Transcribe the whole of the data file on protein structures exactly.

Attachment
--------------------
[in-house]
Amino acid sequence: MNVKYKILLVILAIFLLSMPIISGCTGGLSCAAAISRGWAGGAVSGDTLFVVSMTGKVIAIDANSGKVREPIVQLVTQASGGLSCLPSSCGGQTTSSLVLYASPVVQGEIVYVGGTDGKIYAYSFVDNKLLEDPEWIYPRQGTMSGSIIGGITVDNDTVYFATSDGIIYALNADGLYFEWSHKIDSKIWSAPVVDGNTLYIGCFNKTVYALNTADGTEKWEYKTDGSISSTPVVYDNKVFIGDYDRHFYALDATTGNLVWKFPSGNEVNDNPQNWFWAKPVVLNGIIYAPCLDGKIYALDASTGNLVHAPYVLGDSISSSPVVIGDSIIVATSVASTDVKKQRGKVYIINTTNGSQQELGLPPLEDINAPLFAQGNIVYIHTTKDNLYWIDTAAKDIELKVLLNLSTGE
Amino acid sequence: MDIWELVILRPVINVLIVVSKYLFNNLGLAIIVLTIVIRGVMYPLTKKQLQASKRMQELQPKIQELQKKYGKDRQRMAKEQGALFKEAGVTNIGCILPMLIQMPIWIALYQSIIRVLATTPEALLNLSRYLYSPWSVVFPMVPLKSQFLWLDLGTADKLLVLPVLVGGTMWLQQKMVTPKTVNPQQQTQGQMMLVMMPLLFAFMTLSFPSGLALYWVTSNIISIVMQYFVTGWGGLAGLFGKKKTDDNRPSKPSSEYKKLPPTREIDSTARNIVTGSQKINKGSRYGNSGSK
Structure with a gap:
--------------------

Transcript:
[in-house]
Amino acid sequence: MNVKYKILLVILAIFLLSMPIISGCTGGLSCAAAISRGWAGGAVSGDTLFVVSMTGKVIAIDANSGKVREPIVQLVTQASGGLSCLPSSCGGQTTSSLVLYASPVVQGEIVYVGGTDGKIYAYSFVDNKLLEDPEWIYPRQGTMSGSIIGGITVDNDTVYFATSDGIIYALNADGLYFEWSHKIDSKIWSAPVVDGNTLYIGCFNKTVYALNTADGTEKWEYKTDGSISSTPVVYDNKVFIGDYDRHFYALDATTGNLVWKFPSGNEVNDNPQNWFWAKPVVLNGIIYAPCLDGKIYALDASTGNLVHAPYVLGDSISSSPVVIGDSIIVATSVASTDVKKQRGKVYIINTTNGSQQELGLPPLEDINAPLFAQGNIVYIHTTKDNLYWIDTAAKDIELKVLLNLSTGE
Amino acid sequence: MDIWELVILRPVINVLIVVSKYLFNNLGLAIIVLTIVIRGVMYPLTKKQLQASKRMQELQPKIQELQKKYGKDRQRMAKEQGALFKEAGVTNIGCILPMLIQMPIWIALYQSIIRVLATTPEALLNLSRYLYSPWSVVFPMVPLKSQFLWLDLGTADKLLVLPVLVGGTMWLQQKMVTPKTVNPQQQTQGQMMLVMMPLLFAFMTLSFPSGLALYWVTSNIISIVMQYFVTGWGGLAGLFGKKKTDDNRPSKPSSEYKKLPPTREIDSTARNIVTGSQKINKGSRYGNSGSK
Structure with a gap: